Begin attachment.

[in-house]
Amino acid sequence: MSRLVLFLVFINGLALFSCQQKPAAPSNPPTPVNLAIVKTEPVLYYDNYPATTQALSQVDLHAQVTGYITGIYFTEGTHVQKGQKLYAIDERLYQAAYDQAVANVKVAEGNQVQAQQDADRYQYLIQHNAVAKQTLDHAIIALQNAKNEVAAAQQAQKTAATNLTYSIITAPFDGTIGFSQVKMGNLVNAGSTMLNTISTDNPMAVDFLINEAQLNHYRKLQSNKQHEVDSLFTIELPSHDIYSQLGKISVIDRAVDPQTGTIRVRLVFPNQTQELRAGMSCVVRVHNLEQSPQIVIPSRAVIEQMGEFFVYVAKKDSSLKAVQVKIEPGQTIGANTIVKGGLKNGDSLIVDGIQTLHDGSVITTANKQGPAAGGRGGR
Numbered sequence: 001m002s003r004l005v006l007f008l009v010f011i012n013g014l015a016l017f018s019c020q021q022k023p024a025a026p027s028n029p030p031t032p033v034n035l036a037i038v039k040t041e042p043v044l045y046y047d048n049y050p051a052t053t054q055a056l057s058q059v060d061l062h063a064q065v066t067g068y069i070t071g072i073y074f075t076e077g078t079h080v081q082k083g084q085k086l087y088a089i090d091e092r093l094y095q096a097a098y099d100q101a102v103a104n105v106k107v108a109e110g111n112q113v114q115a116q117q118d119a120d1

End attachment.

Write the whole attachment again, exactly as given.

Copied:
[in-house]
Amino acid sequence: MSRLVLFLVFINGLALFSCQQKPAAPSNPPTPVNLAIVKTEPVLYYDNYPATTQALSQVDLHAQVTGYITGIYFTEGTHVQKGQKLYAIDERLYQAAYDQAVANVKVAEGNQVQAQQDADRYQYLIQHNAVAKQTLDHAIIALQNAKNEVAAAQQAQKTAATNLTYSIITAPFDGTIGFSQVKMGNLVNAGSTMLNTISTDNPMAVDFLINEAQLNHYRKLQSNKQHEVDSLFTIELPSHDIYSQLGKISVIDRAVDPQTGTIRVRLVFPNQTQELRAGMSCVVRVHNLEQSPQIVIPSRAVIEQMGEFFVYVAKKDSSLKAVQVKIEPGQTIGANTIVKGGLKNGDSLIVDGIQTLHDGSVITTANKQGPAAGGRGGR
Numbered sequence: 001m002s003r004l005v006l007f008l009v010f011i012n013g014l015a016l017f018s019c020q021q022k023p024a025a026p027s028n029p030p031t032p033v034n035l036a037i038v039k040t041e042p043v044l045y046y047d048n049y050p051a052t053t054q055a056l057s058q059v060d061l062h063a064q065v066t067g068y069i070t071g072i073y074f075t076e077g078t079h080v081q082k083g084q085k086l087y088a089i090d091e092r093l094y095q096a097a098y099d100q101a102v103a104n105v106k107v108a109e110g111n112q113v114q115a116q117q118d119a120d1